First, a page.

The American Bureau of Transportation Statistics states that there are more than 40 million Americans who ride bikes at least monthly. Over 5 million people ride at least 20 days/month. With so many Americans bicycling injuries sustained have also risen especially neck and upper back pain.
Because of the position that a cyclist takes while biking, this can increase a cyclists symptoms of neck pain. [Wilber/Weiss AJSM/Dannenberg] Wilber, et al. found that 44.2 % of male and 54.9% of female recreational cyclists presented for medical treatment of neck pain, while approximately 30% presented with back pain. [Wilber] Weiss also reported that 66.4 % of recreational cyclists reported neck and shoulder symptoms following an 8-day, 500-mile bicycle tour.
Neck pain can be made worse by several factors to include riding position, technique, and comorbid conditions. In the cycling position, the neck is in the position of extension with the back flexed for long periods at a time. Riding in a position with drop handlebars for long periods increases the load on the arms and shoulders as well as hyperextension of the neck, leading to muscle fatigue and pain.
If the virtual top tube length (top tube plus stem length) is too long for the rider, or if aero bars are used, more extension of the neck occurs. Prolonged hyperextension of the neck and associated muscle strain may lead to trigger points in the muscles of the neck and upper back.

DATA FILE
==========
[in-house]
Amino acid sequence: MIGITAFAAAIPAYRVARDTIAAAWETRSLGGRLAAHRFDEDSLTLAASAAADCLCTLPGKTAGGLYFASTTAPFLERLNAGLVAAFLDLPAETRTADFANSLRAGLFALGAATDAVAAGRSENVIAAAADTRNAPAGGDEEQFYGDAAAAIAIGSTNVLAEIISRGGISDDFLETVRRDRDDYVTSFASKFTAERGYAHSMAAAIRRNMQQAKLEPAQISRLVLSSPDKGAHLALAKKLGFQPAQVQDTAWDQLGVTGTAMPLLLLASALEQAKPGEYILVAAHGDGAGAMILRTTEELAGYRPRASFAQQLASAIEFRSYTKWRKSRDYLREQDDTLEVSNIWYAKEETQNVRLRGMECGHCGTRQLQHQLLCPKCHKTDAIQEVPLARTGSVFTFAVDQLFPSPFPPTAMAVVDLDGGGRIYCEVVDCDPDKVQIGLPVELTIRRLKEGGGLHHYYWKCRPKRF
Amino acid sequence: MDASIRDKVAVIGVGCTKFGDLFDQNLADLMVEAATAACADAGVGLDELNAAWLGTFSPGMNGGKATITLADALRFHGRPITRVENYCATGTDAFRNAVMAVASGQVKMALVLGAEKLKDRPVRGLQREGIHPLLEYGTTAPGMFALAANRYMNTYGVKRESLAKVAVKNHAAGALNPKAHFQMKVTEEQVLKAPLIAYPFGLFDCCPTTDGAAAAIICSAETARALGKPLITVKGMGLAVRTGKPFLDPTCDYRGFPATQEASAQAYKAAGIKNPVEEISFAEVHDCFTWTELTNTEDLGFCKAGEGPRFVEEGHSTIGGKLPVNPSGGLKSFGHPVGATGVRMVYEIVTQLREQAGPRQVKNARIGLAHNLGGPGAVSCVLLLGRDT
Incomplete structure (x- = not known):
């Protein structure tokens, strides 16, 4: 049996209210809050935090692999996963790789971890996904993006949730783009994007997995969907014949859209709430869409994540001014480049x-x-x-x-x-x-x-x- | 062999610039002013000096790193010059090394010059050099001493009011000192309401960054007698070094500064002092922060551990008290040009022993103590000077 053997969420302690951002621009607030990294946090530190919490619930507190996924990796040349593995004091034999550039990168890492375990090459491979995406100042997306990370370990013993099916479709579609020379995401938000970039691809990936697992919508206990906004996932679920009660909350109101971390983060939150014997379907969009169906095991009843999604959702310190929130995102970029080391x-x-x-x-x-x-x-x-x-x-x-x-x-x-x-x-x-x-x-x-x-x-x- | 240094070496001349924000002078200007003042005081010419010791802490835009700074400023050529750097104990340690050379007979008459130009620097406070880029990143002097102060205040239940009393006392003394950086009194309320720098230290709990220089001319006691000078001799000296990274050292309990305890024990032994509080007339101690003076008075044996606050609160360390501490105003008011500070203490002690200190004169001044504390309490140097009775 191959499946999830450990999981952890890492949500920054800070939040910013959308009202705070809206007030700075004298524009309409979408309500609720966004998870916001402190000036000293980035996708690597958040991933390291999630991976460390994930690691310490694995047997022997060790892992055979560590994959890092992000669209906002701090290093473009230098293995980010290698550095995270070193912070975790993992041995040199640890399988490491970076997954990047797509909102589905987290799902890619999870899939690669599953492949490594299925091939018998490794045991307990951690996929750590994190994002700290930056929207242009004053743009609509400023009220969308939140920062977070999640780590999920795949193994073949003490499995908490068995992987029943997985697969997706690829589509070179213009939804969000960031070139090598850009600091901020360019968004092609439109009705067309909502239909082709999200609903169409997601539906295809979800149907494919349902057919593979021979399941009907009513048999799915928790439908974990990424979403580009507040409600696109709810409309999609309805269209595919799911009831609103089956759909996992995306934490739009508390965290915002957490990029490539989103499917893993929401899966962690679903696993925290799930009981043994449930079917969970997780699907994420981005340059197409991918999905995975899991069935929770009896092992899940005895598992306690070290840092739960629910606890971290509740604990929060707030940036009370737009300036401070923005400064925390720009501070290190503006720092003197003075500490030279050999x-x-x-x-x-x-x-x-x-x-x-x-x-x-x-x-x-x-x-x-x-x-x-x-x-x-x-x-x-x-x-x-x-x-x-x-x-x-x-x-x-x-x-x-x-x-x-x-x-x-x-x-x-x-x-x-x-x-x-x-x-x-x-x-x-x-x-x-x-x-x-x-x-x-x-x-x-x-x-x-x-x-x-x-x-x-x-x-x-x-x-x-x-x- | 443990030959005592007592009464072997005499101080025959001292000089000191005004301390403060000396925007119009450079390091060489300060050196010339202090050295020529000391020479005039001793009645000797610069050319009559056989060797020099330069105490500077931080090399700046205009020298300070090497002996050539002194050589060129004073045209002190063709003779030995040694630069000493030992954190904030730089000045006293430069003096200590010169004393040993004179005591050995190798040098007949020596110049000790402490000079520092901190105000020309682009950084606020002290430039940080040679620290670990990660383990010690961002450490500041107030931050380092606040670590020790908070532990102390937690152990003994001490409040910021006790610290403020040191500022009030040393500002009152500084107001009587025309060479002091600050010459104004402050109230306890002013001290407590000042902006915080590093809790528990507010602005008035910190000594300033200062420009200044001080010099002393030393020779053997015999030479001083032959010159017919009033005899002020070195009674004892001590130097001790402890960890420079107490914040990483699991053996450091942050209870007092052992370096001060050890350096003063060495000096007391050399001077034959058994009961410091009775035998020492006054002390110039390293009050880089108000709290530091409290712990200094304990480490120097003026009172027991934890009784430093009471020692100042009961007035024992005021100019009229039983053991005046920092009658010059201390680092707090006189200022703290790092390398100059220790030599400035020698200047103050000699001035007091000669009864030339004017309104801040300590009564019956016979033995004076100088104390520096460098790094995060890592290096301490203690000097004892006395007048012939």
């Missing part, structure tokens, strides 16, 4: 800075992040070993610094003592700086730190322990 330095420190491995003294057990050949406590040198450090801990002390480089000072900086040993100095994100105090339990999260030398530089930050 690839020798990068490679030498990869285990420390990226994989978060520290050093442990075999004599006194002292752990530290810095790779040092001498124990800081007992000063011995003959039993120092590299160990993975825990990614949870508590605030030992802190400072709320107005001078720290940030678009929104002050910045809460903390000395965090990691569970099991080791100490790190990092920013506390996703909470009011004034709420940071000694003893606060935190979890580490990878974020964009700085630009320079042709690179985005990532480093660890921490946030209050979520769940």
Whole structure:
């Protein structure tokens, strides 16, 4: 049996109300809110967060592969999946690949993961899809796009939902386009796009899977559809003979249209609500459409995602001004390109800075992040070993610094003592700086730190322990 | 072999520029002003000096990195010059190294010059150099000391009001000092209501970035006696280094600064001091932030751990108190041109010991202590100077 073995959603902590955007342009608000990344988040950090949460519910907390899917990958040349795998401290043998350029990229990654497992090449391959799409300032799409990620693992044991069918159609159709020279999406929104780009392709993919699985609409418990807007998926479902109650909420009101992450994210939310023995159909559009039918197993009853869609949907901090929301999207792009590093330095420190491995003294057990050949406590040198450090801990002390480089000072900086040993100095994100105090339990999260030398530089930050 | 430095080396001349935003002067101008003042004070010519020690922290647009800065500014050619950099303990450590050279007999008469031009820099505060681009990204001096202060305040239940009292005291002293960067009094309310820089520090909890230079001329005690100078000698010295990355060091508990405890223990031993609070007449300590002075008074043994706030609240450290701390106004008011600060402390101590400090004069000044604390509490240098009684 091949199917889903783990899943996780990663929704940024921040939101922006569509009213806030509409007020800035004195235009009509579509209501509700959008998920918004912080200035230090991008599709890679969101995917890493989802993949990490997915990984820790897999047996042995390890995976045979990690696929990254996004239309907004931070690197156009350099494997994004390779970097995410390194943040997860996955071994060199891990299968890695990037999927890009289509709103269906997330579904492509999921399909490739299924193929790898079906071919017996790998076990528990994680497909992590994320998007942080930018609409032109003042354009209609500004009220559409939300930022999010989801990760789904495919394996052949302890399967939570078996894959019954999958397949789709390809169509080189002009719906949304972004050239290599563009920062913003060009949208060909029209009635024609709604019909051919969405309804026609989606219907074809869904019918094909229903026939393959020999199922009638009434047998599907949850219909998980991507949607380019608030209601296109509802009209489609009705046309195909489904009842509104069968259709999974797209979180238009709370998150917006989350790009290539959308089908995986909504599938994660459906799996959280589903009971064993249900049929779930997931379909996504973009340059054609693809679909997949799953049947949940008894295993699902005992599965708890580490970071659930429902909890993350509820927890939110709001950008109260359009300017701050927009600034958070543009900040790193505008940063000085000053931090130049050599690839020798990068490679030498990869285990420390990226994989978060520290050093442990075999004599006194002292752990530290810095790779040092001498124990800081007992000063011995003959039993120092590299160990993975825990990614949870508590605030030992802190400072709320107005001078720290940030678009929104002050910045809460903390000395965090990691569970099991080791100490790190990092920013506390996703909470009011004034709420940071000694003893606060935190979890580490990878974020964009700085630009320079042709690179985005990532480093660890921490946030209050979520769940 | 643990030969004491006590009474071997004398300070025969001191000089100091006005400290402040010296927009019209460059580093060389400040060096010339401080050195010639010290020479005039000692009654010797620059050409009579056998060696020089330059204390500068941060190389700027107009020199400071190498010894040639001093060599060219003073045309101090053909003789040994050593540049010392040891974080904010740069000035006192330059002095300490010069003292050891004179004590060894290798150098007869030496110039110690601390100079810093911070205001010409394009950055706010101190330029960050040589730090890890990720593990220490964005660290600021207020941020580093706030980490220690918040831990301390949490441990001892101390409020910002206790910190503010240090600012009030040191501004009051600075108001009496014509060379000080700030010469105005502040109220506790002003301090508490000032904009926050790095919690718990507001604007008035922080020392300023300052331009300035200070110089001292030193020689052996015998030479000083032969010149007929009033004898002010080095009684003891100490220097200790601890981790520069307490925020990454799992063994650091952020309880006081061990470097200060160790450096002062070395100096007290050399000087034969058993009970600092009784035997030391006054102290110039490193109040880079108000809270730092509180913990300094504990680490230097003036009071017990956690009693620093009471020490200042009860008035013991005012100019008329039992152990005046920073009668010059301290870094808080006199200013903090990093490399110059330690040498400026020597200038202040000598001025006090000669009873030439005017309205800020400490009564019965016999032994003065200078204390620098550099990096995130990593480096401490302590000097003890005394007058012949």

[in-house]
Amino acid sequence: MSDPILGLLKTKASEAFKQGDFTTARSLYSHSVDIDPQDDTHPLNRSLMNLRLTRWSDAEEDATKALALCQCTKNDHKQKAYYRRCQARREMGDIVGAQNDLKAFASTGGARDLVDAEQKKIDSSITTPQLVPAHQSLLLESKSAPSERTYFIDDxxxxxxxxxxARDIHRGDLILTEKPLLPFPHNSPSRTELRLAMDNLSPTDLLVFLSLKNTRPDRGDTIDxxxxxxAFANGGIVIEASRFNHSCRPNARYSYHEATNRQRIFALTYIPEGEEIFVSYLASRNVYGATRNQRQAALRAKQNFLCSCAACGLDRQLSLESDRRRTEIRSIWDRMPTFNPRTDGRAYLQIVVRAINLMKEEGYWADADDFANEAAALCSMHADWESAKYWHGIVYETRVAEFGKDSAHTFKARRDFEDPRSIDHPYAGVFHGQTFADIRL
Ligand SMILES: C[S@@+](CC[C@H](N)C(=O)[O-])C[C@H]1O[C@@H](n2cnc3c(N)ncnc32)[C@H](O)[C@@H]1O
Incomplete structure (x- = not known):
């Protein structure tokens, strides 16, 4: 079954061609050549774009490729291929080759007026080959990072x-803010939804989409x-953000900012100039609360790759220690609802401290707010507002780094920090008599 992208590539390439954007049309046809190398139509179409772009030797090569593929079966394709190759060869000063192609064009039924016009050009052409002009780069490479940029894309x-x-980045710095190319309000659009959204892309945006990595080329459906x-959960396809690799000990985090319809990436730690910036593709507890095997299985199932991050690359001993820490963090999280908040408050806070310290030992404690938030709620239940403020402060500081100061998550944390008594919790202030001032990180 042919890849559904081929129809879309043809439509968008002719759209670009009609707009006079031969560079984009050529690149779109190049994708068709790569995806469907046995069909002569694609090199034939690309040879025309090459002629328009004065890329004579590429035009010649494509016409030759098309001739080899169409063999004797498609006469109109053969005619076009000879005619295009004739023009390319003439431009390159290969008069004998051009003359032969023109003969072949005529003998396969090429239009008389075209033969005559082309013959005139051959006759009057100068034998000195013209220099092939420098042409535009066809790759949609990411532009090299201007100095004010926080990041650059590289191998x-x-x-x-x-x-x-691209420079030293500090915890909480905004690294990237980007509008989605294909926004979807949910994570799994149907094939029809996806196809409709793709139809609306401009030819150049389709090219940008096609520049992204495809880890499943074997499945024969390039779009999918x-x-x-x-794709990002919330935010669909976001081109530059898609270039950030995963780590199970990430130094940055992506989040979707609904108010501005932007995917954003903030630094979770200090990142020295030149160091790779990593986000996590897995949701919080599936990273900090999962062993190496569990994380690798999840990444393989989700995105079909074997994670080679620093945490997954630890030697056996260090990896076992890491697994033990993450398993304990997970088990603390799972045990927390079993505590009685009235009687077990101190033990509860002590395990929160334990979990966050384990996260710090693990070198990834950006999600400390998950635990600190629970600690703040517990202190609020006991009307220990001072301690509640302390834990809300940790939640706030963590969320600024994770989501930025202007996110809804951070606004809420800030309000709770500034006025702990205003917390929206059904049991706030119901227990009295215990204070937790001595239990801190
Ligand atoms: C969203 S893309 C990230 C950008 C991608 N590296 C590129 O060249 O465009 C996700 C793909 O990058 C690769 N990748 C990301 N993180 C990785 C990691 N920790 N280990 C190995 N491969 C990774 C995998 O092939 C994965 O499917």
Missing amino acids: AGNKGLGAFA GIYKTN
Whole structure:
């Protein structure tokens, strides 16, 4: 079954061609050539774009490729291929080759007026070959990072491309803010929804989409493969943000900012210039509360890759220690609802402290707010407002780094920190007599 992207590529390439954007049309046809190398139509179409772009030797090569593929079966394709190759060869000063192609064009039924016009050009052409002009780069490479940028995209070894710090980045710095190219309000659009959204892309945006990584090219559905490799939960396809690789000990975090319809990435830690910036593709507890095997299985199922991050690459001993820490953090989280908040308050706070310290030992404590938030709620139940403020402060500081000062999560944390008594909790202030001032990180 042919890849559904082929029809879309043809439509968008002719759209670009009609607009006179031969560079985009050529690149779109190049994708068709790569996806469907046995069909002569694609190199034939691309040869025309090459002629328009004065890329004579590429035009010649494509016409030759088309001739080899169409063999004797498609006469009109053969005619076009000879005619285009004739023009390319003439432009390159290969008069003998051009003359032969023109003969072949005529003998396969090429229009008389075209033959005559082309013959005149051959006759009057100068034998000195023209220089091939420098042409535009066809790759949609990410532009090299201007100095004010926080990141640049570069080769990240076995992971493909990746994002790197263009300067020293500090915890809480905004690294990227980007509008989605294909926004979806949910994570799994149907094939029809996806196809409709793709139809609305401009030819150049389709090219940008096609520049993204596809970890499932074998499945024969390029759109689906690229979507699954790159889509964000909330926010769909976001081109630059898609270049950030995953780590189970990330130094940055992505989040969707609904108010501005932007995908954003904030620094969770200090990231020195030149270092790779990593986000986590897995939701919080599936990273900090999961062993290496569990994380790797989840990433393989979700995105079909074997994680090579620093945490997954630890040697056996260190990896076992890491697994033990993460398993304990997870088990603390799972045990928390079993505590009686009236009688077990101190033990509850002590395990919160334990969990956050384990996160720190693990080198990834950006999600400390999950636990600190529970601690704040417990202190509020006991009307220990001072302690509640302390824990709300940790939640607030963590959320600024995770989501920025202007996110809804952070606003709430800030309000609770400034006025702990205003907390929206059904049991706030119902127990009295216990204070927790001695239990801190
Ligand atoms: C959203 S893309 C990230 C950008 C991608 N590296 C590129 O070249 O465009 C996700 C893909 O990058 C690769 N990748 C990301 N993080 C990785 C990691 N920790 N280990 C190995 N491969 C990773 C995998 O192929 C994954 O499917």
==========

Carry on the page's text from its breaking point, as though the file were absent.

Trigger points are hyper-irritable areas occurring as small knots in the muscles throughout the body. They send pain signals to the brain and contribute to a cycle of pain, muscle spasm and pain. Trigger points are frequently caused by direct blunt trauma, or by repetitive microtrauma, as is seen in overuse athletic injuries. Certain techniques common to cyclists may also cause trigger point pain. Shoulder pain is also prevalent among cyclists. Cyclists frequently present with pain in their left levator scapula caused by looking over their left shoulder for oncoming traffic frequently.Additionally, comorbidities must be assessed; in older riders, for example, it is prudent to question about radicular symptoms because a certain degree of neck pain may be secondary to arthritis in the cervical spine.